Wichita State, The Nation’s Last Undefeated Team, Is Navigating A Perfect Season



For all the chatter about the Kansas Jayhawks and Andrew Wiggins and Joel Embiid and NBA teams tanking, the best team in the state of Kansas – and the country – is Wichita St. The Shockers (29-0, 16-0 Missouri Valley) are the last undefeated team in the country, with a pretty good chance of entering the NCAA Tournament with the same distinction.

More than records or rankings, their play is what has done the talking. The Shockers returned several players from last year’s Final Four run and currently lead the Missouri Valley Conference in 16 of 21 statistical categories. They are the nation’s most balanced and complete team: pure point guard, good outside shooting, great athletes, long shot-blockers, maturity, and a team-wide commitment to defense and rebounding. There’s no gimmicks or special formulas… they just wear you down.

“These guys are a dream to coach,” says Wichita St. head coach Gregg Marshall. “First of all, they’re self-motivated. I’m the secondary motivation for these young men. They’re born to win. They do everything you ask them to do on a daily basis whether it’s film study, weight training, or practice. They work hard every day and they just grind, just like the coaching staff. They grind and they want to be special.”

“We just have a group of guys that have each others back, we’ve got a good coaching staff and we all stick together,” says Shockers’ forward Cleanthony Early. “We all believe and work hard. I think that’s what it takes to be successful in life.”

Early leads Wichita St. in points (16.2) and rebounds (6.3), and may be Wichita St’s best player among a litany of key contributors including Ron Baker, Tekele Cotton, Darius Carter, but none are more important than sophomore point guard Fred VanVleet. On the season, he’s filled the stat sheet with 11.9 points, 5.2 assists, 3.9 rebounds, 2.0 steals per game and a 3.7 assist-turnover ration. In a recent game against Loyola-Chicago, he had a perfect night.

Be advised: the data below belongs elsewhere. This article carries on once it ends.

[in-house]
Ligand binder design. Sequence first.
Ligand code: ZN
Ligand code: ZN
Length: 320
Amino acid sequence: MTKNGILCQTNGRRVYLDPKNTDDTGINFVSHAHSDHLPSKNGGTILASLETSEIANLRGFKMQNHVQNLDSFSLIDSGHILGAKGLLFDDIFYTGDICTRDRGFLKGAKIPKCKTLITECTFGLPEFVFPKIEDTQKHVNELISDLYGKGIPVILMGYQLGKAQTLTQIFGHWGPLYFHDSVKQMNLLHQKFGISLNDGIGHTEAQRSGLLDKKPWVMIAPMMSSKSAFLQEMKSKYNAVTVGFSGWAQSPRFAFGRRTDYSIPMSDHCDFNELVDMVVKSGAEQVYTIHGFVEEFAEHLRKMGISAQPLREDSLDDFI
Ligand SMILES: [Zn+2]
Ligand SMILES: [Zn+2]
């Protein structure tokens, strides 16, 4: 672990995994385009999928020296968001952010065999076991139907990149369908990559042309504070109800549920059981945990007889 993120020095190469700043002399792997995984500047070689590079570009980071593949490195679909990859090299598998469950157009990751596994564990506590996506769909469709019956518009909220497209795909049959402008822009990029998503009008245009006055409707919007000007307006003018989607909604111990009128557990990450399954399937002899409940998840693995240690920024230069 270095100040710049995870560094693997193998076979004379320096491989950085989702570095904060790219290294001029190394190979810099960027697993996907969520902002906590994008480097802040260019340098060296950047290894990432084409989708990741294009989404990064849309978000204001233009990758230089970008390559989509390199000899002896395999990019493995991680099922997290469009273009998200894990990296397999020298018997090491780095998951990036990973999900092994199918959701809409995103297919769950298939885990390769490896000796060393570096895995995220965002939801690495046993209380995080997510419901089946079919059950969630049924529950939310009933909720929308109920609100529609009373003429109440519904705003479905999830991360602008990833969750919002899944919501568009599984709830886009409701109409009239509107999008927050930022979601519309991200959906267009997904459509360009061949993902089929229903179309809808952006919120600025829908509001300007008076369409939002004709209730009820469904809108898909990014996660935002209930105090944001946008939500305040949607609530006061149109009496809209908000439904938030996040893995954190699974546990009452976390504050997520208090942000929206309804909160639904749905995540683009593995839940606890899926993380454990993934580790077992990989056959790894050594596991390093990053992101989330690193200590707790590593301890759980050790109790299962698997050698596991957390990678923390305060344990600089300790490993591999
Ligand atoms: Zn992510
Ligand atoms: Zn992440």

“You can’t feel more confident than I do when he’s got the basketball in his hands,” Marshall says of VanVleet’s Loyola performance. “He’s so tough, so smart and so heady. Basically a perfect stat line: 6-for-6 from the field, 10-for-10 from the line, eight rebounds, 22 points, six assists and one turnover.”

“I felt a good flow and the way they were guarding the ball-screen, I was able to make my first few jump shots,” says VanVleet, who also leads the team in minutes. “That boosts your confidence a little when you hit the first couple. I only took six shots but I was still trying to be aggressive and find guys. I wasn’t doing anything different than what I normally do.”

Leadership can’t be measured by a number, but that is his greatest asset, marked well by the accountability and responsibility he assumes as the PG. “I’ll take responsibility for the first game [this season against Loyola],” says VanVleet. “I played really uninspired and had a lack of energy. I had a decent stat line, but that’s not the type of basketball I want to play. When your point guard is not playing his game, it takes an effect. So this time, I just wanted to come out and play, set the tone early, push the pace a little bit, play our tempo.”

The team has taken on the personality of their coach and point guard, consistently and simultaneously playing with intensity and poise. On the court and in the face of the mounting national attention that comes with each win, they are never rattled yet totally vigilant at the same time.

“I don’t think it bothers these guys,” says Marshall of the pressure being the last undefeated team. “They’ve done a tremendous job of just getting to the next game. We’ve been playing one-and-done basketball since almost this [same] time last year. You can lose to anybody any night in college basketball. The other team has a coach that I’m assuming gets a decent salary; they’ve got 13 scholarship players and when that ball is tossed up, they want to win. It’s what we’ve been saying all along: every single night in college basketball that you’re playing another Division I program, it’s a potential loss, especially on the road. These guys find a way.”

Images: Wichita St.